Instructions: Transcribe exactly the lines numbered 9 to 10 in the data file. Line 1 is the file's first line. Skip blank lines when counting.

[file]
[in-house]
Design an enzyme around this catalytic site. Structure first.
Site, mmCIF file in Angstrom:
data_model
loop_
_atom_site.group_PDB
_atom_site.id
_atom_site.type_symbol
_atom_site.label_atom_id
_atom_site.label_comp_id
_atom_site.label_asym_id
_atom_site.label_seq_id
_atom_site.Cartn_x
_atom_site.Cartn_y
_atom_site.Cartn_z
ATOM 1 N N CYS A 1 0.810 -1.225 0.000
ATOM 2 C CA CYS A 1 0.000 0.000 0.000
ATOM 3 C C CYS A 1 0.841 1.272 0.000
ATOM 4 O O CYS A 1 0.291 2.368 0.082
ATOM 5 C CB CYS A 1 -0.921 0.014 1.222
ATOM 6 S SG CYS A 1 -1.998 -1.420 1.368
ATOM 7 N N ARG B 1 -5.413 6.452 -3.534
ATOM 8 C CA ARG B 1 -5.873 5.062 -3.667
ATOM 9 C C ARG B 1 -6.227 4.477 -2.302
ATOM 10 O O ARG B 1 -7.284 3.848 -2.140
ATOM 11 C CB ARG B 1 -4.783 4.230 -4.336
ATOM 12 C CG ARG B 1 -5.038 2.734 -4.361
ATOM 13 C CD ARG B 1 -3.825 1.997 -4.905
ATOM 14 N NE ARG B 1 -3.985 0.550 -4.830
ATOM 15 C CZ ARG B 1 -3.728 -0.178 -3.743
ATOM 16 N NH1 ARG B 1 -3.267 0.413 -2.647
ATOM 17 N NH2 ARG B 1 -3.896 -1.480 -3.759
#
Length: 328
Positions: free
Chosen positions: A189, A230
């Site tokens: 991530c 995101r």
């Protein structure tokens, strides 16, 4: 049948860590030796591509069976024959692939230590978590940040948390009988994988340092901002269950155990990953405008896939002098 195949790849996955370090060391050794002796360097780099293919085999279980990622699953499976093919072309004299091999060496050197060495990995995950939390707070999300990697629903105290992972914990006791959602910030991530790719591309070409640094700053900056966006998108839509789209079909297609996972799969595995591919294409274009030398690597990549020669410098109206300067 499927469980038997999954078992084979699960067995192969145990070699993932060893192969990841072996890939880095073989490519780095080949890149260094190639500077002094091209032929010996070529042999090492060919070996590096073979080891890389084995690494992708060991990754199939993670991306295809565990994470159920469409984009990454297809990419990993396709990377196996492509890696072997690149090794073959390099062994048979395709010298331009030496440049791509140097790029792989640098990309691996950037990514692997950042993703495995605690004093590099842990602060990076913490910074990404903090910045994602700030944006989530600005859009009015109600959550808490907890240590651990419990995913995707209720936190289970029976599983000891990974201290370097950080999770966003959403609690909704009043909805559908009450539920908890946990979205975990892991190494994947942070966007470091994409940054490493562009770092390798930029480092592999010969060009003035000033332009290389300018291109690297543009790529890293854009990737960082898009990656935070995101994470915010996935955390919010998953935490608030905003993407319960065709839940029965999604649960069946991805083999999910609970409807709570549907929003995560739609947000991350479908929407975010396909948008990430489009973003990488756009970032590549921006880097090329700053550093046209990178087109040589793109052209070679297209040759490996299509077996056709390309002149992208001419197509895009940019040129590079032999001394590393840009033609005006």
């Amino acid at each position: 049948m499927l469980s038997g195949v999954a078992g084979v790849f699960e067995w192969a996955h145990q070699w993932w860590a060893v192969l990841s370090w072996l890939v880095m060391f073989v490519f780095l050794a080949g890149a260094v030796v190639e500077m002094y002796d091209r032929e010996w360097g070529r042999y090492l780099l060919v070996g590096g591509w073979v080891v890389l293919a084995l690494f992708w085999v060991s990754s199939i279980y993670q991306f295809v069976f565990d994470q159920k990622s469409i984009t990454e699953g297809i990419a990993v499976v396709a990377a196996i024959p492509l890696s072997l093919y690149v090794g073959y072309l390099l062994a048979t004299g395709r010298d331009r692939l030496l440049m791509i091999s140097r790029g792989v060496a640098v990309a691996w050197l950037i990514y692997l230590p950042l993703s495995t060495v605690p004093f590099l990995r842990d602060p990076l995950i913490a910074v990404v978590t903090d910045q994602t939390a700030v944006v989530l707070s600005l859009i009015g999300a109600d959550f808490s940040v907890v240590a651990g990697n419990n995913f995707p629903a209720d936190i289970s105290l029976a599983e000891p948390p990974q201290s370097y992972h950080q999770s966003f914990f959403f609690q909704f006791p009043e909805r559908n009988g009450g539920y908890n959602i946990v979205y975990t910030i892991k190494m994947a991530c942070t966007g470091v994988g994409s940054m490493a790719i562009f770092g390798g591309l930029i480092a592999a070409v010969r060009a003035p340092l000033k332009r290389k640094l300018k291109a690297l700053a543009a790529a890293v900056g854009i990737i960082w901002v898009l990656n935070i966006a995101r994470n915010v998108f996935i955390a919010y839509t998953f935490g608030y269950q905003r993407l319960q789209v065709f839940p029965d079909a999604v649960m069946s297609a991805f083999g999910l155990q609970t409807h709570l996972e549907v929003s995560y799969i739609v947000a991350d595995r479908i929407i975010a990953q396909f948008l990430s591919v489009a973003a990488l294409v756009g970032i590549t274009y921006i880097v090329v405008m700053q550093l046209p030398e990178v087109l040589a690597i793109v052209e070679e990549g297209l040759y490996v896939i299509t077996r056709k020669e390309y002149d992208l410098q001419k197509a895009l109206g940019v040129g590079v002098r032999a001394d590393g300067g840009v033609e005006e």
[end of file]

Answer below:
_atom_site.label_atom_id
_atom_site.label_comp_id